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PennApps hosts their hackathon Credit: Zoe Gan , Zoe Gan

It’s 6 p.m. on Friday. The Hall of Flags is packed with over 300 students. The lights of laptops and tablets illuminate the room, but almost no one is on Facebook because there is work to be done. The sixth PennApps hackathon, hosted by the Dining Philosophers, is no joking matter.

Over the course of 48 hours, these students went without sleeping, socializing or showering to develop an application to be judged by a panel of tech experts.

“We’re pretty much at capacity,” said Wharton and Engineering junior Pulak Mittal, a PennApps organizer. “If you want to stand, this isn’t going to be over in 20 minutes,” he warned.

The kickoff started with a roll call, where a “developer evangelist” asked what schools were present. This year, there were 29 schools represented, including about 150 students from Princeton, Penn State and Carnegie Mellon universities, among others.

The kickoff also featured demos from companies such as Facebook and CloudMine, but the students soon grew impatient as the demos started to cut into their hacking and dinner time.

We had been sitting for two hours. “Better hurry up! Gotta win! 10 minutes past the time hacking was supposed to start!” an anxious hacker yelled.

The scent of food wafted from upstairs and, slowly but surely, laptops were thrown into book bags. The crowd grew smaller as people left to eat or start on their soon-to-be masterpieces.

I caught up with two University of Michigan students who lingered behind. They traveled 11 hours to do something they probably could have done in the comfort of their residence hall.

“It’s the only hackathon that’s accessible to us that gives us access to East Coast schools,” University of Michigan sophomore Tom Erdmann said. “Most hackathons in Michigan, you’ll get people from Michigan State, but never UPenn and Princeton.”

Former Engineering student Jim Grandpre, co-founder and chief architect of the start-up Lore, stayed around to talk about his experience with past PennApps hackathons. He and two other students left Penn in summer 2011 to develop the learning management system startup.

“[When I competed], I think there were about four people who weren’t from Penn,” he said. In the two years since he competed in the hackathon, sponsorships as well as the number of participants have increased.

This year, there were 320 participants and 43 sponsors, including Facebook, Twitter, Dropbox and Lore.

Mittal was very pleased with the turnout. “This event just seems to have exploded,” he said. “I think the brand is solidifying every time and as people enjoy themselves, it keeps growing.”

After the kickoff, the hackers left Houston Hall for Ware College House, the new site for the hackathon, which has traditionally taken place in the Towne Building. The hackathon, which began in fall 2009, is held every semester.

For the next couple of nights, the students fought for space in McClelland Hall, Bodine Lounge and anywhere else they could squeeze in their computers.

The hacking began officially at 8 p.m. When I arrived at the Lower Quad, hoping to catch a glimpse at some “Social Network”-like scene where future Zuckerbergs were hacking away, I was not disappointed. Several coolers full of Red Bull, Vitamin Water and Coke sat at the entrance. Nearly everyone wore headphones and t-shirts with the name of some start-up printed across the chest.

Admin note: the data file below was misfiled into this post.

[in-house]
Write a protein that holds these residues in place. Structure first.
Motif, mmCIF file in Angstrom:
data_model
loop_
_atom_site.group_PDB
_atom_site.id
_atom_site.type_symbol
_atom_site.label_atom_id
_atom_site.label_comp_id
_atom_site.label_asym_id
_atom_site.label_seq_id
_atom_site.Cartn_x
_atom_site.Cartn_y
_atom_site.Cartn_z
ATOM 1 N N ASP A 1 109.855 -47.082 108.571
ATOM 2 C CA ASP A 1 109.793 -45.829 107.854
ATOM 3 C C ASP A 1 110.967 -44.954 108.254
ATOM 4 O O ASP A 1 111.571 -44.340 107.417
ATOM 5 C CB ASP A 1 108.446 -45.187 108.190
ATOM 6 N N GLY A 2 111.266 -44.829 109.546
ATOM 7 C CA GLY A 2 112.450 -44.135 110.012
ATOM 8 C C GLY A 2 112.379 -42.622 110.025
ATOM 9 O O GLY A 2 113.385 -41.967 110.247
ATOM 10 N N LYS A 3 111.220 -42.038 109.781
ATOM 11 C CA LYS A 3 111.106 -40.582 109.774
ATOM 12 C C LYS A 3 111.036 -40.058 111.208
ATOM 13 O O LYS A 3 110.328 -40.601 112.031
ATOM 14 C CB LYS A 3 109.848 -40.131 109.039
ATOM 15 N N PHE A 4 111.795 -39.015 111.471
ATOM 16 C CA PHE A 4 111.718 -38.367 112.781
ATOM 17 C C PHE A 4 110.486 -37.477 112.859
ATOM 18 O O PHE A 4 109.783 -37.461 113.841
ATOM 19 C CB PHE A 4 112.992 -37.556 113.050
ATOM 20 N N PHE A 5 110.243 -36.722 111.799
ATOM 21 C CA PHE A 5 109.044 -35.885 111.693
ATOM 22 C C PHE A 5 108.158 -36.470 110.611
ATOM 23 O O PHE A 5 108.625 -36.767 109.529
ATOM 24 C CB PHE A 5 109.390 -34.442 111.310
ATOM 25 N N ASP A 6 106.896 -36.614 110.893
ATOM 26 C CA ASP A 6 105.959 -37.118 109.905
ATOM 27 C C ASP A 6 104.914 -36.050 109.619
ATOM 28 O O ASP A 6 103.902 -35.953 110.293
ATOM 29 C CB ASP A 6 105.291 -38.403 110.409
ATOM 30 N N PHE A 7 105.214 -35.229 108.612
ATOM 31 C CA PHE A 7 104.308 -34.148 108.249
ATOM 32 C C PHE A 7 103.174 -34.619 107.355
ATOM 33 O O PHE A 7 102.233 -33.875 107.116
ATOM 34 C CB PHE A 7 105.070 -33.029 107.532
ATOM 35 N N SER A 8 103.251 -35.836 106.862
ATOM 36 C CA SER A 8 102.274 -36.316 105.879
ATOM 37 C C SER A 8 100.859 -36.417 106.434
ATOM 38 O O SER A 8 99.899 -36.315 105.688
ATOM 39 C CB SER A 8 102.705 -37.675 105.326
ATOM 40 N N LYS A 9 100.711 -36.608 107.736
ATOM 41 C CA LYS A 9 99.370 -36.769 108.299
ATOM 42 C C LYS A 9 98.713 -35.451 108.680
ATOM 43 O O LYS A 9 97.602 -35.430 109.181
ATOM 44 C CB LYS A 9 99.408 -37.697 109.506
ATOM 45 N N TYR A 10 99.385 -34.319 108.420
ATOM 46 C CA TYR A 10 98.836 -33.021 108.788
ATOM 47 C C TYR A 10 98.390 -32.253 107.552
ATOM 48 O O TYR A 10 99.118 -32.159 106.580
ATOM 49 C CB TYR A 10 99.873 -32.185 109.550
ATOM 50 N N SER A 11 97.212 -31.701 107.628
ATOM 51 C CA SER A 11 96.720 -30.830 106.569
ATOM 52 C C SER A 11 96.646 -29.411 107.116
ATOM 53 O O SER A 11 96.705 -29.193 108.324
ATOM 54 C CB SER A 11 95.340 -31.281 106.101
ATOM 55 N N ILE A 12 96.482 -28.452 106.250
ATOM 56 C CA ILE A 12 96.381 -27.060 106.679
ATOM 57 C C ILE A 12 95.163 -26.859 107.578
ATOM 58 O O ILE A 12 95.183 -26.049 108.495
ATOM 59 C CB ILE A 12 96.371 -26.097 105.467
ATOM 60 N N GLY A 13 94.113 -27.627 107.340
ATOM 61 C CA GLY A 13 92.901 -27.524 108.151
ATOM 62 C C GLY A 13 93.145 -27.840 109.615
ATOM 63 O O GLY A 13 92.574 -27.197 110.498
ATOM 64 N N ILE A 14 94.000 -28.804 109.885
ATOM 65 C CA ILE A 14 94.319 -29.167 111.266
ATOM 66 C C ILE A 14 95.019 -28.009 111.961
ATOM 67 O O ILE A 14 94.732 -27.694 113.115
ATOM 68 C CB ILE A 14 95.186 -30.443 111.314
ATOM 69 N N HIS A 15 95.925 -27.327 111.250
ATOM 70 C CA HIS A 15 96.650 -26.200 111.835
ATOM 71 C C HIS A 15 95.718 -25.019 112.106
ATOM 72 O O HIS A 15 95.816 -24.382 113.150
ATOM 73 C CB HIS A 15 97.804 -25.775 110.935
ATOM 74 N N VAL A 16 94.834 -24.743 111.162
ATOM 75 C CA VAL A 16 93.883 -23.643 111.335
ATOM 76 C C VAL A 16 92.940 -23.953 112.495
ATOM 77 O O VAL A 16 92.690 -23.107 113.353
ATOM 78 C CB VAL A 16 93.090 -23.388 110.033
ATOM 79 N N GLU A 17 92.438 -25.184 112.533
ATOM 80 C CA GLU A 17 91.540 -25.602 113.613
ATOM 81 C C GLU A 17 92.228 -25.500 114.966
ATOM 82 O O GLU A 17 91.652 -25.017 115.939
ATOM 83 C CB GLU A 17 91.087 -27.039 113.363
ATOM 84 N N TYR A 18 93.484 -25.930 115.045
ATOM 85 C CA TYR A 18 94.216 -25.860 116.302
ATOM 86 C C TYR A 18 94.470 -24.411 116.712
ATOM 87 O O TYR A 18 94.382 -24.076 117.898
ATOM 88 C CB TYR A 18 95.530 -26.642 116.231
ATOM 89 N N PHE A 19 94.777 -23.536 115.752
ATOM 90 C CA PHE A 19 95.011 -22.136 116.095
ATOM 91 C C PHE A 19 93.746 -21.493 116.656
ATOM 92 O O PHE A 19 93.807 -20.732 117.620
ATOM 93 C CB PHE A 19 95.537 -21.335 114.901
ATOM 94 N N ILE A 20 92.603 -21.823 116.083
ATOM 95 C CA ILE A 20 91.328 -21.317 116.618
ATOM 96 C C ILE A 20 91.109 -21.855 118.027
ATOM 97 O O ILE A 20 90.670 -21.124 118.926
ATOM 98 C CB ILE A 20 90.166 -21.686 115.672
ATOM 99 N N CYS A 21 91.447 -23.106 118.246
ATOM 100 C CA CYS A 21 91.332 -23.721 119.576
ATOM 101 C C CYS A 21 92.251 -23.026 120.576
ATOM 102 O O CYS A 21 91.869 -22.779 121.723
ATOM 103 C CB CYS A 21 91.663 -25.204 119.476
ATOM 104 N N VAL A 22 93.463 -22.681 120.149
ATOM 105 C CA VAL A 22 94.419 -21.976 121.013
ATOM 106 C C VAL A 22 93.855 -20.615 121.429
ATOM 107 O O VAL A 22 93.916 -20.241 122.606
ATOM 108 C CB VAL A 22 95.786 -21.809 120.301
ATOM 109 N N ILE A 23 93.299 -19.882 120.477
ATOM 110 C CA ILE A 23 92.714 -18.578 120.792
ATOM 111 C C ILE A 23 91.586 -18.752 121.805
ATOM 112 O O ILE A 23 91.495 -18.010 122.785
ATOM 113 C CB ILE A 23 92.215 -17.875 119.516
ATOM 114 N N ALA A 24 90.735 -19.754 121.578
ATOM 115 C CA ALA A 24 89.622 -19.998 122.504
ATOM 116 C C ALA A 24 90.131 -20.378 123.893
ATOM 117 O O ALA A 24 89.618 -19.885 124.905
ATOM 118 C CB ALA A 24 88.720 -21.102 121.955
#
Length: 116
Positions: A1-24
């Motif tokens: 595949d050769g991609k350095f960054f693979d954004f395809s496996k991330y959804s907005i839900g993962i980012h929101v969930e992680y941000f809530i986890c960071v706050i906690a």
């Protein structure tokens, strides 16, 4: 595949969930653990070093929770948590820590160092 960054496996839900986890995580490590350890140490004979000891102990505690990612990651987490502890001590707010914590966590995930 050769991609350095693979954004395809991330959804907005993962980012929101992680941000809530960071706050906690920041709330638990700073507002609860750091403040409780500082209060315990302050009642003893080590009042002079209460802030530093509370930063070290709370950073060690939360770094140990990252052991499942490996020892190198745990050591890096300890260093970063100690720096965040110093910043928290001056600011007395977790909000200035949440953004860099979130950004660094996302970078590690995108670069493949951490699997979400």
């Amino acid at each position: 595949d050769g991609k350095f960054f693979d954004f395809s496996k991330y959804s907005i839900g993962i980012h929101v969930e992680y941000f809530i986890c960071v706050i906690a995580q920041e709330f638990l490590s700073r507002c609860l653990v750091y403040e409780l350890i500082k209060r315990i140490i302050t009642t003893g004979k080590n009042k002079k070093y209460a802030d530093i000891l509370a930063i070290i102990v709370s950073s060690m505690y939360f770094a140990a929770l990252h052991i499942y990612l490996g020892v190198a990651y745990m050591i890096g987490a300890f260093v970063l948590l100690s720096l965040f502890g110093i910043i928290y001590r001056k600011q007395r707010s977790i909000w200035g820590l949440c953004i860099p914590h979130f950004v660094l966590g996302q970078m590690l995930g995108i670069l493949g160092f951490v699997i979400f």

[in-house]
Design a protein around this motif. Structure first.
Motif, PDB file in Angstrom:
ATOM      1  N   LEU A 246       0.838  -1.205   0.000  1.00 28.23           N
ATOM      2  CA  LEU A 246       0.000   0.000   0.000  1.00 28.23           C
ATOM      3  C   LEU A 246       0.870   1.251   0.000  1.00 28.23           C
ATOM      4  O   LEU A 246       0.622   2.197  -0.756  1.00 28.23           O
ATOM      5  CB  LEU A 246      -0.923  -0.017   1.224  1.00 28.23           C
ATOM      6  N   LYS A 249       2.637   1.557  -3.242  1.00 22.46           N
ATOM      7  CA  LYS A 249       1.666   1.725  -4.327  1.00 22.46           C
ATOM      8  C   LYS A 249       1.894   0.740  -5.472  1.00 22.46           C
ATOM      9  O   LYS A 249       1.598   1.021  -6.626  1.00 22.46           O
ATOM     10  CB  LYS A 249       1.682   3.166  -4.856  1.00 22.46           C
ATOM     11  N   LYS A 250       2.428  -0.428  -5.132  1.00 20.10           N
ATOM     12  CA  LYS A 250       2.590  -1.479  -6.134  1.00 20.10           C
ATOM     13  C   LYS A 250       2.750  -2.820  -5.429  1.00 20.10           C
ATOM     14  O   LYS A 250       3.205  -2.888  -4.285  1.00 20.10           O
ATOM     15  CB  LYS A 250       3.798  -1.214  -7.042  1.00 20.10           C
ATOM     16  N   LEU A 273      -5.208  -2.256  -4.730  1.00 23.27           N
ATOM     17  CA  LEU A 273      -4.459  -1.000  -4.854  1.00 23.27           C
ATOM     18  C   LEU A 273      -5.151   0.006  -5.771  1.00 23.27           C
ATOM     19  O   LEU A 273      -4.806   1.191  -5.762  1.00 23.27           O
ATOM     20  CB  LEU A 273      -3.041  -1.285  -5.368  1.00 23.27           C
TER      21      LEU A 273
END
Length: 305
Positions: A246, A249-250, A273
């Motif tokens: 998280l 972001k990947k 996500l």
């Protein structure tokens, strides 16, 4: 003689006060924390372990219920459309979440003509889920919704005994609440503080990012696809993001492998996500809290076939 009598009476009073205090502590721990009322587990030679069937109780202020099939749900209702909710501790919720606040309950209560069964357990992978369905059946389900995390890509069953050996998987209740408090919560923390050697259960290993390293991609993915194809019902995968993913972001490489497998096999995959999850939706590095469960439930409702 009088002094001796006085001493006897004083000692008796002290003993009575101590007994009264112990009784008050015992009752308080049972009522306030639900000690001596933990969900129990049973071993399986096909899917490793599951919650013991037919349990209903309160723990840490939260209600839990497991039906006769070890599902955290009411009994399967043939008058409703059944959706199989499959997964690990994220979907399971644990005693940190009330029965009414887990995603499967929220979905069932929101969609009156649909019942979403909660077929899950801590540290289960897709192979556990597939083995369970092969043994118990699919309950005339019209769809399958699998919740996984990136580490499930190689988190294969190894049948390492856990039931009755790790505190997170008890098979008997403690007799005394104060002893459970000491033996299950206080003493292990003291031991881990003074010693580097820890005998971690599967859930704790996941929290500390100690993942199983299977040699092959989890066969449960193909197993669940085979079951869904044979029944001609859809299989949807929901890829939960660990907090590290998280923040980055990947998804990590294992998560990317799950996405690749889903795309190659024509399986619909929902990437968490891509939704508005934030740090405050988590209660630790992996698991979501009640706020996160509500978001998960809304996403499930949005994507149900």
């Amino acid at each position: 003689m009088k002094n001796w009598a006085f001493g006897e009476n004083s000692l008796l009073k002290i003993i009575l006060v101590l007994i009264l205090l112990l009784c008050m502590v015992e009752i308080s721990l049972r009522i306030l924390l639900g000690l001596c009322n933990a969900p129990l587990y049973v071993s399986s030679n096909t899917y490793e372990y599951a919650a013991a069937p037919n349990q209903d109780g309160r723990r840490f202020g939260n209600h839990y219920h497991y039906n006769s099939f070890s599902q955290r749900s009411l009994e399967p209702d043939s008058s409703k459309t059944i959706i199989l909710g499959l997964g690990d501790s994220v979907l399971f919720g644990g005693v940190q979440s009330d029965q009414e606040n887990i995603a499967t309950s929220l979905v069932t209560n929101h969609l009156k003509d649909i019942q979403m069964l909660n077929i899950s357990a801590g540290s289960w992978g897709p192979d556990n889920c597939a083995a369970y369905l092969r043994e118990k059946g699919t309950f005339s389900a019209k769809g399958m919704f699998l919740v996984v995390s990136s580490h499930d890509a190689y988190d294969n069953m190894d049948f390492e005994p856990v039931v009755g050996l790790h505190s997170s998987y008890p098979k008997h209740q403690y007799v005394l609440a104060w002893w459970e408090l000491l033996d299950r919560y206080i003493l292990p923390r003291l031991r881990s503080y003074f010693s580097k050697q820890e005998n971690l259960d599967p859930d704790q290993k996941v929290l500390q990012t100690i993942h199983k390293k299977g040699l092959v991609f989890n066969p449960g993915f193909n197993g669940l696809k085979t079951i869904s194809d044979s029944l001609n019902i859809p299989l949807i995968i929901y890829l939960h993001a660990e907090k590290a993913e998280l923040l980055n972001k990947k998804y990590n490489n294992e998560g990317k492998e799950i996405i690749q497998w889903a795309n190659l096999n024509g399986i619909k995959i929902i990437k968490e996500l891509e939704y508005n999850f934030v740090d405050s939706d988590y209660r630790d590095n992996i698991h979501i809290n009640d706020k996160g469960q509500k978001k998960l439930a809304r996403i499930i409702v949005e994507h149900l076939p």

I tried to find someone to speak with.

“Just one question, because I’m sure you’re busy.”

But their looks implied — “Are you seriously asking me that right now?”

I decided it was best to catch them when they weren’t so tied up.

The hacking officially stopped Sunday at noon.

When I returned for the product demonstrations and awards ceremony in the Hall of Flags, everyone was surprisingly alert, except for one lone guy who was knocked out in a chair on the last row.

Each team had 75 seconds to convince the judges and the crowd why their app is the next big thing.

Apps like “CodeDJ Live!”, which was designed by a Penn team, brought a welcome burst of energy to the crowd.

“Sorry, Mom,” described by its developers as “an app that leverages your greatest fear: your mother,” drew laughs with its fun premise. The app allows users to input a task with a time it must be completed. If it isn’t, the app will send an automated text to your mother such as, “Just another day in a string of disappointments.”

After about three hours, the winners were announced. Third place and recipient of $1,000 in prize money went to PassWarp — a login system that strategically creates and changes passwords automatically. won second place and $2,000. The app allows companies to take data from their Facebook company page and turn it into a clean website.

First place went to Java Auto Music, an app which allows for live performances to be transcribed into sheet music. The team won $4,000 in addition to a trip to Google’s New York office and entries into the Facebook college hackathon and Greylock Hackfest 2.

JAM developers Jocelin Lee, Ana Mei and Angela Yu, all juniors in Engineering, said they had no expectation of winning. Last year, they weren’t able to finish their project, making this year’s win even more surprising.

Lee looked completely shocked. “This is extremely unexpected and I don’t know why they noticed it,” she said.

“We just used Java, which is really basic programing. We didn’t even use fancy web app stuff, which is why we didn’t expect this at all. I don’t even know what to say about this.”

This article has been updated to reflect that, not PayTango, was the second place winner.

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